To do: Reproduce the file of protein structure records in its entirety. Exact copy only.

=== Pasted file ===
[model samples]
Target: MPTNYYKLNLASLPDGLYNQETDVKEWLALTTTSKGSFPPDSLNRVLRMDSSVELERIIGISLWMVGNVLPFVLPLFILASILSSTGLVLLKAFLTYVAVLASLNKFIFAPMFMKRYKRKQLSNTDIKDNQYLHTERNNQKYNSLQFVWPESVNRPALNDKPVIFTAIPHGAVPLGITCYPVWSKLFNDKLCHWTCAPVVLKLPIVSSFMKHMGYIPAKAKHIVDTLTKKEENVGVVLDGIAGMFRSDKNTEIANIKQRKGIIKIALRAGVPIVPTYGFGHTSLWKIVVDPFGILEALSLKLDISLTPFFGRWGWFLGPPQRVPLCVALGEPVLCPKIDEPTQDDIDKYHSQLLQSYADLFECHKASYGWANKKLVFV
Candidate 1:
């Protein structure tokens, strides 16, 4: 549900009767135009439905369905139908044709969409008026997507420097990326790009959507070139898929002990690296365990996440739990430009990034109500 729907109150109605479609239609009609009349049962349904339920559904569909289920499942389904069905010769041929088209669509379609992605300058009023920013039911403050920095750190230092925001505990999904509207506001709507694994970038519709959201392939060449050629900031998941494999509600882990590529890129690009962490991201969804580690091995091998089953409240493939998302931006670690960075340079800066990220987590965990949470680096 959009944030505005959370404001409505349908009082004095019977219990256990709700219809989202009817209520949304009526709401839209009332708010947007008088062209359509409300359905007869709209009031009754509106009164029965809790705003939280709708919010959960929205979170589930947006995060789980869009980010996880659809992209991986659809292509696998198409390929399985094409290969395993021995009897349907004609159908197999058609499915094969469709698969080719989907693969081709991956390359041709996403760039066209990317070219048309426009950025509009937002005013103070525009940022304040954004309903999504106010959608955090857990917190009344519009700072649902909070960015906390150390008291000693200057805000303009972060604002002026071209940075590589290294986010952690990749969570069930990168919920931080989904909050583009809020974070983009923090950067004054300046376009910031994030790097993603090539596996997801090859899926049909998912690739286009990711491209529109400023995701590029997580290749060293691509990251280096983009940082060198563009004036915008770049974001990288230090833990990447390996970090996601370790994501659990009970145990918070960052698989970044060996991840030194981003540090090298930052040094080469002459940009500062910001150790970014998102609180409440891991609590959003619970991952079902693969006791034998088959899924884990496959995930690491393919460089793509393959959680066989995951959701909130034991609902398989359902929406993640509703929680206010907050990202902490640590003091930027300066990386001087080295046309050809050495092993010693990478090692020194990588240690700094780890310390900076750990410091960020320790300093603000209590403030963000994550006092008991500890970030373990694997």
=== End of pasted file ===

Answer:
[model samples]
Target: MPTNYYKLNLASLPDGLYNQETDVKEWLALTTTSKGSFPPDSLNRVLRMDSSVELERIIGISLWMVGNVLPFVLPLFILASILSSTGLVLLKAFLTYVAVLASLNKFIFAPMFMKRYKRKQLSNTDIKDNQYLHTERNNQKYNSLQFVWPESVNRPALNDKPVIFTAIPHGAVPLGITCYPVWSKLFNDKLCHWTCAPVVLKLPIVSSFMKHMGYIPAKAKHIVDTLTKKEENVGVVLDGIAGMFRSDKNTEIANIKQRKGIIKIALRAGVPIVPTYGFGHTSLWKIVVDPFGILEALSLKLDISLTPFFGRWGWFLGPPQRVPLCVALGEPVLCPKIDEPTQDDIDKYHSQLLQSYADLFECHKASYGWANKKLVFV
Candidate 1:
């Protein structure tokens, strides 16, 4: 549900009767135009439905369905139908044709969409008026997507420097990326790009959507070139898929002990690296365990996440739990430009990034109500 729907109150109605479609239609009609009349049962349904339920559904569909289920499942389904069905010769041929088209669509379609992605300058009023920013039911403050920095750190230092925001505990999904509207506001709507694994970038519709959201392939060449050629900031998941494999509600882990590529890129690009962490991201969804580690091995091998089953409240493939998302931006670690960075340079800066990220987590965990949470680096 959009944030505005959370404001409505349908009082004095019977219990256990709700219809989202009817209520949304009526709401839209009332708010947007008088062209359509409300359905007869709209009031009754509106009164029965809790705003939280709708919010959960929205979170589930947006995060789980869009980010996880659809992209991986659809292509696998198409390929399985094409290969395993021995009897349907004609159908197999058609499915094969469709698969080719989907693969081709991956390359041709996403760039066209990317070219048309426009950025509009937002005013103070525009940022304040954004309903999504106010959608955090857990917190009344519009700072649902909070960015906390150390008291000693200057805000303009972060604002002026071209940075590589290294986010952690990749969570069930990168919920931080989904909050583009809020974070983009923090950067004054300046376009910031994030790097993603090539596996997801090859899926049909998912690739286009990711491209529109400023995701590029997580290749060293691509990251280096983009940082060198563009004036915008770049974001990288230090833990990447390996970090996601370790994501659990009970145990918070960052698989970044060996991840030194981003540090090298930052040094080469002459940009500062910001150790970014998102609180409440891991609590959003619970991952079902693969006791034998088959899924884990496959995930690491393919460089793509393959959680066989995951959701909130034991609902398989359902929406993640509703929680206010907050990202902490640590003091930027300066990386001087080295046309050809050495092993010693990478090692020194990588240690700094780890310390900076750990410091960020320790300093603000209590403030963000994550006092008991500890970030373990694997």